An advertiser needs to have the freedom to make advertisements containing “generic comparison” with other related products to highlight its own product and mere allusions are not sufficient to make out a case of disparagement, the Delhi High Court has said.
The court made the observation on a lawsuit by Zydus Wellness Products against Dabur India over commercials for ‘Dabur Glucoplus-C Orange’ as it refused to pass an interim order to restrain alleged “unfair competition” and disparagement in relation to the plaintiff’s ‘Glucon-D Tangy Orange’.
The plaintiff alleged disparagement of its product, which was stated to be a market leader in orange glucose powder drinks, on the ground that commercials gave the impression that all the orange glucose powder drinks are entirely inefficacious in providing energy and only the defendant’s product is capable of doing that.
The court observed an advertisement cannot be analysed in a hyper critical manner and, in the absence of any disparaging utterance, still or image, it was unable to arrive at a conclusion in favour of the plaintiff at this stage. It said in the process of depicting superiority, a generic comparison ought to be permitted and creativity cannot be stifled.
“Mere allusions, in the absence of a decipherable comparison would not be sufficient to make out a case of generic disparagement.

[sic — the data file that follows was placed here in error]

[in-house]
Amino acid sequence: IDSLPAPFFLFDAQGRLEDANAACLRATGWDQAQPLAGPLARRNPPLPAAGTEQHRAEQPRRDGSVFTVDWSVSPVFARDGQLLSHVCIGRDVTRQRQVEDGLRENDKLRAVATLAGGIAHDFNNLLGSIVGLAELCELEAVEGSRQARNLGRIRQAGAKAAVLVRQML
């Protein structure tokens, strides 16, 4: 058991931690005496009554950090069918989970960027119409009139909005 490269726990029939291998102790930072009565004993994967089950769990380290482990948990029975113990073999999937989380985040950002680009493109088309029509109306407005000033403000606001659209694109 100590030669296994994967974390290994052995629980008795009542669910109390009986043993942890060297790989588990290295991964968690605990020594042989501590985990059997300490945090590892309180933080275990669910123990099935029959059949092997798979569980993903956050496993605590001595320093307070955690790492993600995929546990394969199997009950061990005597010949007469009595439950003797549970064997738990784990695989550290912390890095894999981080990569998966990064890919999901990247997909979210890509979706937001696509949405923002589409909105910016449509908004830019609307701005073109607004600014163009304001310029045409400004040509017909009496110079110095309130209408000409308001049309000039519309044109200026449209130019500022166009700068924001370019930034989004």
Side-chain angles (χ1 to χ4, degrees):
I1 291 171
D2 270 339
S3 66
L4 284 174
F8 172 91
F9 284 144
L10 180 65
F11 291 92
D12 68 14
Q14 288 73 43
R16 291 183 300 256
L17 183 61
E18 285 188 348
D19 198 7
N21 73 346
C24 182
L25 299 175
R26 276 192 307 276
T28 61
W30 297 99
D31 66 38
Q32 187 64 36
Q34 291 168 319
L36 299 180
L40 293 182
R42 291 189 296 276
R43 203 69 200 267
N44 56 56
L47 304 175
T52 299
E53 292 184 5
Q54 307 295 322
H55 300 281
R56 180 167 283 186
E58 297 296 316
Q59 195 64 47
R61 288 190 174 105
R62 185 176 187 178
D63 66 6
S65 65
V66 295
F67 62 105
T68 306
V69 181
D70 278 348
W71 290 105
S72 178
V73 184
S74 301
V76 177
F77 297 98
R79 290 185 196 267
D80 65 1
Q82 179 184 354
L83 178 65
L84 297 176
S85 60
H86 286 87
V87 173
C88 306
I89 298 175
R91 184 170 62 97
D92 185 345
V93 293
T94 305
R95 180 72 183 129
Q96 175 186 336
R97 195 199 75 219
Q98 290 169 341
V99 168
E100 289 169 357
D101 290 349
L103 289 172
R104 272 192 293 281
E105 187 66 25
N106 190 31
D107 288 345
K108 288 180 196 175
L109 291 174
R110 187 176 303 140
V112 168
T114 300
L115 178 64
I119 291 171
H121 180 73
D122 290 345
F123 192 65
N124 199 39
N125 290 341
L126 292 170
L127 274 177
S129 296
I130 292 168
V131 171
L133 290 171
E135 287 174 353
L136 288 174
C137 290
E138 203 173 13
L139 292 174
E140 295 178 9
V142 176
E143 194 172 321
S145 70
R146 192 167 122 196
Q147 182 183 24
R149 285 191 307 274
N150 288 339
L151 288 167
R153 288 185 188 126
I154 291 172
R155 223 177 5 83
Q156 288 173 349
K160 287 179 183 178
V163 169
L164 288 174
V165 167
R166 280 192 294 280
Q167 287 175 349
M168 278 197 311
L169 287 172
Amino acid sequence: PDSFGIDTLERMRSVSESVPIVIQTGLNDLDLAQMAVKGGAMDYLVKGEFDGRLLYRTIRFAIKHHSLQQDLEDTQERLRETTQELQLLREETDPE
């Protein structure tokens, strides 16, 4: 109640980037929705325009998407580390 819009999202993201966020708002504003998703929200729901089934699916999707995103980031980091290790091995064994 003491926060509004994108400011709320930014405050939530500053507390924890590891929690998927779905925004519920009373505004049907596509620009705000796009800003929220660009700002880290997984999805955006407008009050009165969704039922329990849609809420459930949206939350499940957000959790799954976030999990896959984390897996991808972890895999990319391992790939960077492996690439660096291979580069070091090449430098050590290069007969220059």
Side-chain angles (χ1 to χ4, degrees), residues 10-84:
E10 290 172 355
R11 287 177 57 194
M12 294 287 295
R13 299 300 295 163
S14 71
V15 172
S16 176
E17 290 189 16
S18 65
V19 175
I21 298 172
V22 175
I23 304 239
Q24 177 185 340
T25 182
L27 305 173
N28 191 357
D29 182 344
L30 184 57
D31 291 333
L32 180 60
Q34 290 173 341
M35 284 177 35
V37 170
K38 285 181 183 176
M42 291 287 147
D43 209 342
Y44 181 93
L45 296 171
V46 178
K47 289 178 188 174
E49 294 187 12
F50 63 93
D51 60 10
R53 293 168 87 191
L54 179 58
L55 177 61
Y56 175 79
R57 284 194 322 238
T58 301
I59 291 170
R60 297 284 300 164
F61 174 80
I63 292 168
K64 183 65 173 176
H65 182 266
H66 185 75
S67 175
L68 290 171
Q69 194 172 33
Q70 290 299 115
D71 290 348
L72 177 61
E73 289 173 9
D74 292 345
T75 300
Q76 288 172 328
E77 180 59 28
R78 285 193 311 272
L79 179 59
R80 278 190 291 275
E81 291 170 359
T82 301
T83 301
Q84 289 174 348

“An advertiser ought to have the freedom to make advertisements with generic comparison highlighting the features of its own product and if the same is done without an allusion to any market leader, objection cannot be raised unless representation being made is absolutely false or misleading,” Justice Prathiba M Singh said in a recent order.
The court said to portray a particular product as being superior or better than existing products, a generic comparison without launching a negative campaign against competitors ought to be permissible, failing which the strength of the advertisement could itself be considerably diluted.
When the advertisement is viewed from the perspective of an ordinary viewer, it does not give the impression of denigration or disparagement but that the defendant’s product is being self-promoted and the intelligence of an ordinary viewer ought not to be ignored while judging such commercials, it added.
“A television commercial is not to be analysed in a hyper critical manner. A commercial would have to be viewed as a whole from the view of an ordinary consumer or viewer. The message being portrayed in the commercial would have to be seen and if the message is not derogatory, no objection can be raised,” the court said.
“It is usual for advertisers and companies marketing and selling products to portray their products as being superior. In the process of depicting superiority, a generic comparison ought to be permitted and creativity cannot be stifled,” it further observed.
The court asserted it cannot be ignored that consumers are cognizant of advertisements being a “one-sided commentary” by sellers for the promotion of their own products and therefore, while deciding a disparagement suit, the overall impact of the commercial has to be considered and in the absence of any derogatory remarks, mere use of some expressions cannot lead to an injunction, it said.